Why are there so many suggestions that have negative consequence? Some of these suggestions remind me of some Sunday morning cartoon villains, where say someone who has a really spectacular aptitude for climbing (+30 nearly always) goes to try and save a damsel tied to the edge of a cliff when a really short dastardly villain with a z-styled mustache steps out and says "myaaa, think you can just climb up and save her ey?" and then shoots a flaming arrow at the wall and sets the entire thing ablaze.

    He probably comes with a dog that laughs afterwards.

    I don't see why there's so much ... evil stored in the world. For those of you who are in the music world, at least from my experience it's not cut-throat when you're treating things as an enjoyable past time.

    Here's what I see:

    He's not demanding money, but takes it when offered
    He's not trying to bolster fame via requesting taverns recognize talent
    He's in it for the fact that he's got an investment in a talent and wants to roll it.

    So as a DM, what are YOU trying to do with it?

    Do you want to challenge him?

    Then make it something of a story, The city can be inspired by both his generosity and skill that it builds an amphitheater of some sort and invites the bard, as an honored guest, to perform in a competition among some more recognized names. This gives you the opportunity to introduce legends (!) of lore, as well as invite nobility to properly see and contribute to the story and his fame. Add a prize, a worthy prize of a bard, to entice and reward good work. Add a villain if you like, but make this something that the rest of the party can see as bodyguards to help defend their team mate. That should show your team that they're willing to support your bard, and your bard see value in the team which I'm sure is there but recognizes that they support him for what he does, and who he is. This challenges his high score, but doesn't penalize him (he might lose the reward, but i'm sure you could twist it so that the reward is something off the high-end of the chart and if he loses (or someone steals the prize) the nobles and legends recognize him for all that he has done and give him (and the party) something for his and their talents.

    Or he could turn it down. Who knows.

    Do you want to reward him for using a skill he is proficient in?

    I like the idea of an underling interested in becoming a student. This is just a treasure trove of story. The character already isn't asking for money, so he's not in it for wealth. Not to mention, you don't want people going over their global wealth or whatever it is. But a student, an underling, gives you potential to make his wealth of lore rather than of gold. This student, NOT interfering with his actual time and skills, could learn under him and bring a personal bond to a person and the place he is residing. Which opens up a whole realm of possibilities. Though to be honest now that I give it a good thought, I'm not sure how without causing mischief.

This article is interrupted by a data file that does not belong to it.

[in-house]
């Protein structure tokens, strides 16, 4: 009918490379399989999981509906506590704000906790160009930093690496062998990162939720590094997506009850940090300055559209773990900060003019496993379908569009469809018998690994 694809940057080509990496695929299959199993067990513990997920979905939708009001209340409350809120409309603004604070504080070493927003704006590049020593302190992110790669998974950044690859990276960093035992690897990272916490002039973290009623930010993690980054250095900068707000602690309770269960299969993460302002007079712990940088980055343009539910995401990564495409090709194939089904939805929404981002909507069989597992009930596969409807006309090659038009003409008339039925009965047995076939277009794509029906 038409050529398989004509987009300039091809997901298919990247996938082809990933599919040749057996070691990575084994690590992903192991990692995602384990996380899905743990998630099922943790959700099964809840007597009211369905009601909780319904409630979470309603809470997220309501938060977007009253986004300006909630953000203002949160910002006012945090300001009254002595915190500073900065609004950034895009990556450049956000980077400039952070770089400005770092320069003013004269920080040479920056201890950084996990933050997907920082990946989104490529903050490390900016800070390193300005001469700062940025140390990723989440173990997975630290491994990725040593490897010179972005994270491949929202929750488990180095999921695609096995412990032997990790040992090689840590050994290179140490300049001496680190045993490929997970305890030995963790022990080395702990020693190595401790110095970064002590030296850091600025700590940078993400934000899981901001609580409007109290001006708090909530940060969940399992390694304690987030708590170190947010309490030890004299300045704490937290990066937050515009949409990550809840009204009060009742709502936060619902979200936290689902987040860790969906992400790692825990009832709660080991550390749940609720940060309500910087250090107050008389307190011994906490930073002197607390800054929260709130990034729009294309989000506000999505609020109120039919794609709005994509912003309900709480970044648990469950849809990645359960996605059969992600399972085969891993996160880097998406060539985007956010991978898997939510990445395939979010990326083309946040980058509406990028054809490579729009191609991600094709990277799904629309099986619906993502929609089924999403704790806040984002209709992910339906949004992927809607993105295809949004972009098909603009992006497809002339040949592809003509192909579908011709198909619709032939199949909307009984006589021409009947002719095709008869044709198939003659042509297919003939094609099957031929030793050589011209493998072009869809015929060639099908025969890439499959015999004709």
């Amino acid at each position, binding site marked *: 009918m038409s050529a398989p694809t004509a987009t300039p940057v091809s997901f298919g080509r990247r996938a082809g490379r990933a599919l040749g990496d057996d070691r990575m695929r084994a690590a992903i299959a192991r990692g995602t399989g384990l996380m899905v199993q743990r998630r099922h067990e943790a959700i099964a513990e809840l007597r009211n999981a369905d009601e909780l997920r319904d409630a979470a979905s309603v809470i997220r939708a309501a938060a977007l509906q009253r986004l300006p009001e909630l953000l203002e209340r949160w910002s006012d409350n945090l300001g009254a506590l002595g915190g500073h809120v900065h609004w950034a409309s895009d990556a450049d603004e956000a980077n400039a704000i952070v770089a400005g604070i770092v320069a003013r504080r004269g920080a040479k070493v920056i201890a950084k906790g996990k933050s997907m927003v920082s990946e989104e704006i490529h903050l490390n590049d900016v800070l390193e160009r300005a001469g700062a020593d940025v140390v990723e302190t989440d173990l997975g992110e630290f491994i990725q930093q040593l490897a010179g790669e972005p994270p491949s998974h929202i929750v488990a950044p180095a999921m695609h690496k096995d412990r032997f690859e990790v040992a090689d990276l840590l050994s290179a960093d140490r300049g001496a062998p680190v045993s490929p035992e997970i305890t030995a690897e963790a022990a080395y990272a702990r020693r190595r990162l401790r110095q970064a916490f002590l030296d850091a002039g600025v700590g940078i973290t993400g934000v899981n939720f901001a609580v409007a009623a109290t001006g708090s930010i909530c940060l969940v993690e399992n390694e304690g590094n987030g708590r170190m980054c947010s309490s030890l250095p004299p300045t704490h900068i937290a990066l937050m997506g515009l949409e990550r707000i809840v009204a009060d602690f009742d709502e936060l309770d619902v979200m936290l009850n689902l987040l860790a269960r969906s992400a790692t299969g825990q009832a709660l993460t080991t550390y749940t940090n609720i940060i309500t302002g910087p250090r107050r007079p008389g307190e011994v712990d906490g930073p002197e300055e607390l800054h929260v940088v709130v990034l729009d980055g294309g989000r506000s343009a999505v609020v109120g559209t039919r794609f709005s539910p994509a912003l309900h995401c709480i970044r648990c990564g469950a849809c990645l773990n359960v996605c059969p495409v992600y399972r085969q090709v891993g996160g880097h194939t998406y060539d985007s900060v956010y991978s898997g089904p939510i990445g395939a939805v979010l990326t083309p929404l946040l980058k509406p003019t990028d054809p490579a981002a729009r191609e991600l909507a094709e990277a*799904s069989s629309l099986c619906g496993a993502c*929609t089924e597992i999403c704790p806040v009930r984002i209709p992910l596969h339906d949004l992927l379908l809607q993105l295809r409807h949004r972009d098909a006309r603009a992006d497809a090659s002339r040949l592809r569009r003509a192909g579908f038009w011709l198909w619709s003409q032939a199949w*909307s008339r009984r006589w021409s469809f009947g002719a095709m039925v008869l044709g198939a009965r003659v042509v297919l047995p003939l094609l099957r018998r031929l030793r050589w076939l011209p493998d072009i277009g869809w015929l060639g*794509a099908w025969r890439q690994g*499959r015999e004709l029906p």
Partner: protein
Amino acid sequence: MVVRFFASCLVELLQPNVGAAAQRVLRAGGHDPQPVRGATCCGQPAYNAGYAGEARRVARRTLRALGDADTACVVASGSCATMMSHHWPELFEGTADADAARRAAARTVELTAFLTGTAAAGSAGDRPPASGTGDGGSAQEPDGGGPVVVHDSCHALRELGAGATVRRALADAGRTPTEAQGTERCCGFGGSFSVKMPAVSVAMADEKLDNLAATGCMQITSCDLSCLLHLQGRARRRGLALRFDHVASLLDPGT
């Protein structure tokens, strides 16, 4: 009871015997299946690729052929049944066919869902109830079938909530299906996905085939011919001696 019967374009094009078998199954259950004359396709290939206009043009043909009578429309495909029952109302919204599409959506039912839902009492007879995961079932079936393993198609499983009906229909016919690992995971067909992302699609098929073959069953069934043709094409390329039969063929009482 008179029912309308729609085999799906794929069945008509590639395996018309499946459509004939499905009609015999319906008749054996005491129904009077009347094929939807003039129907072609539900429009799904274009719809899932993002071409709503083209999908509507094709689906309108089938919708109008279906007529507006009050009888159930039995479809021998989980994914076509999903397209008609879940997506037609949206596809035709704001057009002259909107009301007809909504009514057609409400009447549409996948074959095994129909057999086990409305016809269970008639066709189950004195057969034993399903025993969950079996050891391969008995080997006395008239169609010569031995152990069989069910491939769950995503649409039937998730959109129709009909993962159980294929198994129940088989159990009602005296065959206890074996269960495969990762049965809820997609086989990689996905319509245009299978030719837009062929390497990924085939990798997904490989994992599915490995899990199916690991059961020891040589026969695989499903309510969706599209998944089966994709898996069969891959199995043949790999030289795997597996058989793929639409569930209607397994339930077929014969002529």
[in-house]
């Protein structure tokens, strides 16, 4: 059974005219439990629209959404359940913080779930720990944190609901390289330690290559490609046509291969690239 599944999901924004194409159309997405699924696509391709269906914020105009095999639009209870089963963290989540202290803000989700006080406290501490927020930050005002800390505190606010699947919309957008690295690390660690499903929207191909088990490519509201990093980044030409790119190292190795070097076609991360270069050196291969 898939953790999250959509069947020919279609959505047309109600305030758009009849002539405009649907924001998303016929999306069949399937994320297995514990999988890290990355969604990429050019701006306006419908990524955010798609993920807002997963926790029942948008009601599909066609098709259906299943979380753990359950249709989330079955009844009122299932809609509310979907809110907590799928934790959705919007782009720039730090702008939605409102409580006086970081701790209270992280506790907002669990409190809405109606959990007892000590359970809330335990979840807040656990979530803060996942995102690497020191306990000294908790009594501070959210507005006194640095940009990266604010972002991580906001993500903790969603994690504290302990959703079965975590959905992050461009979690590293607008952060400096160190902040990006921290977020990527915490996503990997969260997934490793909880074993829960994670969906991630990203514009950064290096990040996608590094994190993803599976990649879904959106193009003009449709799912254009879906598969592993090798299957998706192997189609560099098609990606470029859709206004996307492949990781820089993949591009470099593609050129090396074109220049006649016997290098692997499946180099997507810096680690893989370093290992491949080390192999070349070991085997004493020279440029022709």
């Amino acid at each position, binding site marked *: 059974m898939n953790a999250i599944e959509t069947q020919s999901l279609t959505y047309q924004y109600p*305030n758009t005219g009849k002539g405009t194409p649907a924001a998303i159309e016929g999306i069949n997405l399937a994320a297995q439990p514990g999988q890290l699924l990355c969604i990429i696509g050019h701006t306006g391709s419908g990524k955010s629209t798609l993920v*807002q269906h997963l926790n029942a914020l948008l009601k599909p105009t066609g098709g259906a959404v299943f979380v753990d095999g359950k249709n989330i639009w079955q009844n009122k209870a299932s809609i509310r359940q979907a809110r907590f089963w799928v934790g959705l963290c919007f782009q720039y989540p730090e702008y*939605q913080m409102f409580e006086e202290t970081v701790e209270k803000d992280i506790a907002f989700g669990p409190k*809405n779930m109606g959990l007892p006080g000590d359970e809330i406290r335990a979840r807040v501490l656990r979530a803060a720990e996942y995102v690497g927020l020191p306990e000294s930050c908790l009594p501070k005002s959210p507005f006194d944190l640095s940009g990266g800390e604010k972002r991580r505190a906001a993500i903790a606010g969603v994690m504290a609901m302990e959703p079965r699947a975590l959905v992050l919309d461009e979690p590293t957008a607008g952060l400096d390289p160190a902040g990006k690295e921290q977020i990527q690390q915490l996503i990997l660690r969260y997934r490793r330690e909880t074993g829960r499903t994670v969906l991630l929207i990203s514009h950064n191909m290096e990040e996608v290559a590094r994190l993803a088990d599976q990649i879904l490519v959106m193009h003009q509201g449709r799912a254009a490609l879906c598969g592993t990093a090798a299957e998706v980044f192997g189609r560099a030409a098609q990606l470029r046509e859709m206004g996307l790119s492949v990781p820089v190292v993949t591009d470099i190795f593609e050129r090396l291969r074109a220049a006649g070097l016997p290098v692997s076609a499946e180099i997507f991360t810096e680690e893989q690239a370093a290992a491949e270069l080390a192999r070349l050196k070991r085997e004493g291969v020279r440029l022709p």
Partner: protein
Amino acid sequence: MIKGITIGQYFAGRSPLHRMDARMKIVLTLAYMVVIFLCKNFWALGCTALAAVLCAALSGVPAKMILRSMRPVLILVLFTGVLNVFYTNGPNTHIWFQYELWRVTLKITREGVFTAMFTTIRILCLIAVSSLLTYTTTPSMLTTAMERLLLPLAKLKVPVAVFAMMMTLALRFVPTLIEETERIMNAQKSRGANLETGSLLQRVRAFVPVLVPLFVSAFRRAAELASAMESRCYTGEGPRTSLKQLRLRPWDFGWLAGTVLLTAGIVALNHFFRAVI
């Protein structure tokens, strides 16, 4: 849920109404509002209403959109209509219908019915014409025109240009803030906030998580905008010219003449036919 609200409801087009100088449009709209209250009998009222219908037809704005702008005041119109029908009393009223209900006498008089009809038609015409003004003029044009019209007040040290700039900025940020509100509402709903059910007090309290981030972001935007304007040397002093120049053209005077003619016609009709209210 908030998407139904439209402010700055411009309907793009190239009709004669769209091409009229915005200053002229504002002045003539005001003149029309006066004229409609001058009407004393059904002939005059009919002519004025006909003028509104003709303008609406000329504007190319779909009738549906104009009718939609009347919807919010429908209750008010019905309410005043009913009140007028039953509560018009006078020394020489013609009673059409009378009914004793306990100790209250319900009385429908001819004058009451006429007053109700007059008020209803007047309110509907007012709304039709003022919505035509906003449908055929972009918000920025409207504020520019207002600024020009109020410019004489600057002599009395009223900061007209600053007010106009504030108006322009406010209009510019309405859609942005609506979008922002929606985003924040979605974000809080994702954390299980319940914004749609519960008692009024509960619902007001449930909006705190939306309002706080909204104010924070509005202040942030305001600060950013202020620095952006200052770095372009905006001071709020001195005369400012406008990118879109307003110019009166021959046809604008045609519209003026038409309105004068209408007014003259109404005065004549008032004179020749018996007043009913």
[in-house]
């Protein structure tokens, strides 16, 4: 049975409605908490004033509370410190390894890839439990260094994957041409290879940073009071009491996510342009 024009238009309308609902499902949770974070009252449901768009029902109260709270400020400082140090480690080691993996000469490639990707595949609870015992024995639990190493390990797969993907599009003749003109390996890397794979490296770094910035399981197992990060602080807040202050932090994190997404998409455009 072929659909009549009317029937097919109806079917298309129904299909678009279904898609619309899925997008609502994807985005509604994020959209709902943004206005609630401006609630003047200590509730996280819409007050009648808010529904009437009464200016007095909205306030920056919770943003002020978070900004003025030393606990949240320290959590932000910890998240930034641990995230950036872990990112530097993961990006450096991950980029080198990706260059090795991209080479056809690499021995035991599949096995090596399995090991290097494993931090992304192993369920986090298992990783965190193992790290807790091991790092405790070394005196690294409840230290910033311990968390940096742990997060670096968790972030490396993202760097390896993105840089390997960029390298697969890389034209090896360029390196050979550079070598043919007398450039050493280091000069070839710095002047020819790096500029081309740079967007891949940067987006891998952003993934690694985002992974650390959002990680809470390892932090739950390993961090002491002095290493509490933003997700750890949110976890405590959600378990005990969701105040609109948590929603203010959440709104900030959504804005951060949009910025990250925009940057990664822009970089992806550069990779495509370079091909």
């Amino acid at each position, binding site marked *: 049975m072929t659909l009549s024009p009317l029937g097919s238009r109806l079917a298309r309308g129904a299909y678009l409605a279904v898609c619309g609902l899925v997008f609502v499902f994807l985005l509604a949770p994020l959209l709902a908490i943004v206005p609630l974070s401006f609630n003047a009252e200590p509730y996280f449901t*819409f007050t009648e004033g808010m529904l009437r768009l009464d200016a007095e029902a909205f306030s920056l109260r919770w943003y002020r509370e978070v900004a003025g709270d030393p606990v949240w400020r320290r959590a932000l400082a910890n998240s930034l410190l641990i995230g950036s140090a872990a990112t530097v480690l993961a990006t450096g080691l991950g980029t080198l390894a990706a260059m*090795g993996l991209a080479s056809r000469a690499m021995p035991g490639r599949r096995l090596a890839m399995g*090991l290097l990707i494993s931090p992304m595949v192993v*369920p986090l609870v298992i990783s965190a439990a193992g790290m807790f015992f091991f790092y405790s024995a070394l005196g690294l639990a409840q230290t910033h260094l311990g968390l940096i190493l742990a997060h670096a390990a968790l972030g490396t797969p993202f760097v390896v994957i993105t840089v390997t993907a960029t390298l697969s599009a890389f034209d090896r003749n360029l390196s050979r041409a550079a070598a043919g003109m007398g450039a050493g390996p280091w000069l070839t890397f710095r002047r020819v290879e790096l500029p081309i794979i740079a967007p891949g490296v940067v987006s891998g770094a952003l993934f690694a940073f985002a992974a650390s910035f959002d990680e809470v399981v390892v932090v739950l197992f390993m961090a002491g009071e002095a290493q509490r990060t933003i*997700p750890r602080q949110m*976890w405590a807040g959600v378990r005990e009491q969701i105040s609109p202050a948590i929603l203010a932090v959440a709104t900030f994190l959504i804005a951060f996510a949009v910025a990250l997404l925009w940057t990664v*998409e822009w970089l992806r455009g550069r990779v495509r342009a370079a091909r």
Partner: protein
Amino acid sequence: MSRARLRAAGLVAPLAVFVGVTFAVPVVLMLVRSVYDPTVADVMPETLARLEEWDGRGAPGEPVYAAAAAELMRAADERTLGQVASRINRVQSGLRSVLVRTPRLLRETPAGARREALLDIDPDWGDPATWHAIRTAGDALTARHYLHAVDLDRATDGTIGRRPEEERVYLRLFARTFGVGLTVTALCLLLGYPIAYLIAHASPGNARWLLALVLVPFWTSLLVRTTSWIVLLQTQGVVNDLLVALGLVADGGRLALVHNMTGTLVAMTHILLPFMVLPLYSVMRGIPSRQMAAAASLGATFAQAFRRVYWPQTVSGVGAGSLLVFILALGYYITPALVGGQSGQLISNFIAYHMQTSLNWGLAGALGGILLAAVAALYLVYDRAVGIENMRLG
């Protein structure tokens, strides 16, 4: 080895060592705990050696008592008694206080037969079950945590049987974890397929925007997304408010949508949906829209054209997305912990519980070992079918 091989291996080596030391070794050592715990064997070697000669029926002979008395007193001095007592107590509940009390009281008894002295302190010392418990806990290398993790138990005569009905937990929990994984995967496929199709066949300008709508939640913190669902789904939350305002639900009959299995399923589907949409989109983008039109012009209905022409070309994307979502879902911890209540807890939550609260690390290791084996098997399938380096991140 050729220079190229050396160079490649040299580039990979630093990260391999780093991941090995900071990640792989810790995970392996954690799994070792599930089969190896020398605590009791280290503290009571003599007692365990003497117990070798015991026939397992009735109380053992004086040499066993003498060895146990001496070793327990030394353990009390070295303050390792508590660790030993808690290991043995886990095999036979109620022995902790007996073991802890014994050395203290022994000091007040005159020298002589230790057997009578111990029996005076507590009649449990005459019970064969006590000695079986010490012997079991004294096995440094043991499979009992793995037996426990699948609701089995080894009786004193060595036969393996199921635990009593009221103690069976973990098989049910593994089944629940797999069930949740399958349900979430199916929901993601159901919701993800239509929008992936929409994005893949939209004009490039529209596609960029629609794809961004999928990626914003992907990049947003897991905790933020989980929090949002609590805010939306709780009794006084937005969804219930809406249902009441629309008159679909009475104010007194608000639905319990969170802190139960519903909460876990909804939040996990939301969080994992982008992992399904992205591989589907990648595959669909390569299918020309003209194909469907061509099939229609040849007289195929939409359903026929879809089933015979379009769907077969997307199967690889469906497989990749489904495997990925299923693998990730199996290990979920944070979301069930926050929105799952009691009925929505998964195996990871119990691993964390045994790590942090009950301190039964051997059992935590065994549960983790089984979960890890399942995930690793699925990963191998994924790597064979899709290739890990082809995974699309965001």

I also like the idea that other bards would speak of his name and his tales and his travels around other cities. Where they travel, at the very least he should be known.

    What does he want?

    Perhaps as a DM you ask him OOC if he wants something to be of his skill. If he literally tells you he's just rolling to roll, reward him by:

    doing nothing.

    I'd rather get nothing than be penalized for using a skill.


    1 person marked this as a favorite.

    this is mostly me just being horribly contrary, don't take it too seriously.

    KHShadowrunner wrote:

    As a bard, this thread gives me the shivers and almost makes me want to skip the taverns in the evenings.

    Why are there so many suggestions that have negative consequence? Some of these suggestions remind me of some Sunday morning cartoon villains, where say someone who has a really spectacular aptitude for climbing (+30 nearly always) goes to try and save a damsel tied to the edge of a cliff when a really short dastardly villain with a z-styled mustache steps out and says "myaaa, think you can just climb up and save her ey?" and then shoots a flaming arrow at the wall and sets the entire thing ablaze.

    He probably comes with a dog that laughs afterwards.

    I don't see why there's so much ... evil stored in the world. For those of you who are in the music world, at least from my experience it's not cut-throat when you're treating things as an enjoyable past time.

    well, because it is a cut-throat world--not everyone's all CG-LG. people will try to ruin each other over less, in fact. people get jealous of talent (or feel that they have talent, but aren't receiving the recognition they so *rightly* deserve, because you're stealing it all), it's just a thing that happens. a person may feel cheated because a significant other is apparently caring more about some hotshot musical star then they are about them.

    take a look at, say, justin beiber (elvis, MJ, the beatles, mozart, anyone would do fine). his fanbase is absolutely rabid--they will throw their money away, ruin their lives, physically harm others for merely the thought of someone insulting their favorite star. that says nothing about the personality of said star--its just the people who are drawn to them from their skills/looks/whathaveyou.